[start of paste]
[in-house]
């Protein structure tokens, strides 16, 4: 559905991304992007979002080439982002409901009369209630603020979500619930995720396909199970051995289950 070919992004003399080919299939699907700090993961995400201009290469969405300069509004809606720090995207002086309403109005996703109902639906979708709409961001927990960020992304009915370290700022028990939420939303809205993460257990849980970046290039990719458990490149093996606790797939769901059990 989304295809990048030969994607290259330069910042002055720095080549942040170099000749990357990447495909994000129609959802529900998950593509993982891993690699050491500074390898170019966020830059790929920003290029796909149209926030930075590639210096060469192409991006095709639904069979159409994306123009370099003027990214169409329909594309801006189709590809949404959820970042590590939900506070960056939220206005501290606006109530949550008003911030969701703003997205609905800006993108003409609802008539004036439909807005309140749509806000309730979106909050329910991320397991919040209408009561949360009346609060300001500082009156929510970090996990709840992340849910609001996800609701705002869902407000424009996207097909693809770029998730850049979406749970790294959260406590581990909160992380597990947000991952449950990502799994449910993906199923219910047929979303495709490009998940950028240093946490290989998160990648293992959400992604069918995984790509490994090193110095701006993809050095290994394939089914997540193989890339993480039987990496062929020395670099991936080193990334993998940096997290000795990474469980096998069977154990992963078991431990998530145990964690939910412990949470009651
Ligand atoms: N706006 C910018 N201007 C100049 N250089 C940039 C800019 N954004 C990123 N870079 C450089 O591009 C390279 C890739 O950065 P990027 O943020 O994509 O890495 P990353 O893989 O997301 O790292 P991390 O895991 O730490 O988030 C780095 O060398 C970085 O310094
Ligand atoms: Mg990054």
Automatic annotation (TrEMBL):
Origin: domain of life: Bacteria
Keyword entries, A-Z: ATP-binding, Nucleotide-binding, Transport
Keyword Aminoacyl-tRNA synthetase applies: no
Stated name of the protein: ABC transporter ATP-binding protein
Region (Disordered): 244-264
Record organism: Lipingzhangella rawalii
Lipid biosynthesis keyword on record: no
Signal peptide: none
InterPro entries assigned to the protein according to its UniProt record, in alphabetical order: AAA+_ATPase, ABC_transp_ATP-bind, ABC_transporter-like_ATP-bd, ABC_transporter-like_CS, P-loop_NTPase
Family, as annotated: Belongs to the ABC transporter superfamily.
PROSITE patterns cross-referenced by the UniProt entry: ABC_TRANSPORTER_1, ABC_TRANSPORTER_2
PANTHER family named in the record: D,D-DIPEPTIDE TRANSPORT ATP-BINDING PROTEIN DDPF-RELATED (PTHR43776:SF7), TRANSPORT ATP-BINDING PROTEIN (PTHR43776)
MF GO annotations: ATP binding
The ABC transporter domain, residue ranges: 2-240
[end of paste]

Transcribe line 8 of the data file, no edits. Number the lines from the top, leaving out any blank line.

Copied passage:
Keyword Aminoacyl-tRNA synthetase applies: no